Fewer white men are opting for careers as doctors, a study reveals.
Fewer white men now want to work as doctors
Researchers at Oxford University say white men, who make up 44% of the UK population, accounted for 26% of new medical students in 2001.
They said medicine is increasingly dominated by white women and people from ethnic minorities, particularly those from the Asian community.
Writing in the British Medical Journal, they asked whether medicine should be more representative of the population.
For decades, medicine was the preserve of white middle class men. That has now changed. Most medical students are now female.
The ethnic mix of students has also changed. In 1974, 97% of medical students were white. In 2000, the figure was 74%.
The vast majority of ethnic minority medical students are Asian. While 7% of the UK population is Asian, they accounted for 19% of new medical students in 2001.
People from ethnic minorities are predicted to make up 30% of the medical student body by 2005.
Ethnic mix of doctors
White 72% (87%)
Black 3% (2%)
Asian 19% (7%)
Chinese 2% (1%)
Other 4% (2%)
Figures in brackets represent proportion of UK population
Professor Michael Goldacre and colleagues from the UK Medical Careers Research Group at Oxford said the figures raise "important questions" about the ethnic make up of medical students and future doctors.
"Should the ethnic mix of intake to medical schools broadly reflect the ethnic mix of the community from which students are drawn?" the researchers asked.
"If so, what should be the mechanisms to achieve such representation."
They added: "This raises important questions for policy makers."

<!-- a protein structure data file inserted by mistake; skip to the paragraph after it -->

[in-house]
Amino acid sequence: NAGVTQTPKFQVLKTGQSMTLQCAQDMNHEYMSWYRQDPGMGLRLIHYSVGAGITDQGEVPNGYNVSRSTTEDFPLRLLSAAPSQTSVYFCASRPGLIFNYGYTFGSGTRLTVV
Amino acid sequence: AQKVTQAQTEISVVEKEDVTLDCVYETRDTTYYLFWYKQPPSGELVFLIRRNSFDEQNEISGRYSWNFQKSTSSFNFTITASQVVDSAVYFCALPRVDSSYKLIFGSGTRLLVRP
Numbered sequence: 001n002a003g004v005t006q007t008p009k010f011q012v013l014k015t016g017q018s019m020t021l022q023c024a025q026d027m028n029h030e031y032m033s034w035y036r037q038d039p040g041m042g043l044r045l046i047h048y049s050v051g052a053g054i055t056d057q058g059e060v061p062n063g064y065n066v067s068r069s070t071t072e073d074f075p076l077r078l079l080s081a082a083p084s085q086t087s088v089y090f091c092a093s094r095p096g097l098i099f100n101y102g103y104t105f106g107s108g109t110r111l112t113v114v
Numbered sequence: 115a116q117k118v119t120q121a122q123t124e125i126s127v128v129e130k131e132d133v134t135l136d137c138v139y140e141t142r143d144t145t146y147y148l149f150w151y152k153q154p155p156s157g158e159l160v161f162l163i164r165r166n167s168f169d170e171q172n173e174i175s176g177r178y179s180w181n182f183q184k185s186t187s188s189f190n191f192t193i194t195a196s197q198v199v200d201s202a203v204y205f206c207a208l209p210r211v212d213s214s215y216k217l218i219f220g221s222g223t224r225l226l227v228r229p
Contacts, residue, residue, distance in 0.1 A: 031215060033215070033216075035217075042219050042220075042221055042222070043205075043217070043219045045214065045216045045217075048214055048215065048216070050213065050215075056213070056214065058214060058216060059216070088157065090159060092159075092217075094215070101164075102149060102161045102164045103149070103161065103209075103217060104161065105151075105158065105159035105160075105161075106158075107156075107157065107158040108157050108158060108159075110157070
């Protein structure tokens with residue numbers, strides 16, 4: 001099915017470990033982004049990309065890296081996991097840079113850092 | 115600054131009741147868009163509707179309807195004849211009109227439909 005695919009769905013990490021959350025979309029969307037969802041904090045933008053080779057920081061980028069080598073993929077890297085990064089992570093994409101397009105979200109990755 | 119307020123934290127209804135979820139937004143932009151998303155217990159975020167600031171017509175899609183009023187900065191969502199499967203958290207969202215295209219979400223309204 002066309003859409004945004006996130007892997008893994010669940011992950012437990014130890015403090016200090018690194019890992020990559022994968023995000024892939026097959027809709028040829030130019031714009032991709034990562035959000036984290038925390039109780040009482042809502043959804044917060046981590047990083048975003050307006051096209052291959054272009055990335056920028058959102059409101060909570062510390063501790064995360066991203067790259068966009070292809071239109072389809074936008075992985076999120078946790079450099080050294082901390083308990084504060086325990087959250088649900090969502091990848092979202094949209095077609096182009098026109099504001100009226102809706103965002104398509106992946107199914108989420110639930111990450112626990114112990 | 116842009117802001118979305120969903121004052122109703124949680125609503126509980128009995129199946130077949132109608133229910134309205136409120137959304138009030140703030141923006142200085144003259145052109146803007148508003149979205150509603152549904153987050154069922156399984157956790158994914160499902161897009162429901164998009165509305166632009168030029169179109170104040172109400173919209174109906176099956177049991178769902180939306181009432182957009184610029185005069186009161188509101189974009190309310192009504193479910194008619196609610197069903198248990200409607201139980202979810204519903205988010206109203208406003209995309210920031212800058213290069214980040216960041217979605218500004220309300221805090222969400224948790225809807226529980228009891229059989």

The authors called for more research into the reasons why fewer white men are choosing medicine as a career.
"The reasons for this substantial under-representation merit further study," they said.
The study also shows that the NHS relies heavily on doctors from overseas.
One in four doctors who became a hospital consultant after 1991 trained abroad.
"They represent 15% of consultants appointed during 1964-91 and 24% of those appointed since 1991," the researchers said.
Many of these consultants are working in jobs that traditionally have been hard to fill.
"These doctors comprise a particularly high percentage of consultants in geriatric medicine, psychiatry, learning disability and genitourinary medicine."
According to the researchers, the number of doctors from overseas working in the UK is increasing.
Some 58% of all doctors who were given a licence to practise medicine in the UK in 2002 trained abroad.
Dr Sam Everington of the British Medical Association rejected suggestions that medical students should reflect the UK population.
"There are problems with the argument that the ethnic make-up of the medical workforce should reflect that of the general population," he said.
"It risks piegeon-holing doctors from ethnic minorities, and potentially creating
obstacles to their career progression.
"What is most important is that there is equality of opportunity. We need to ensure that medical schools are not discriminating against any social group, intentionally or otherwise."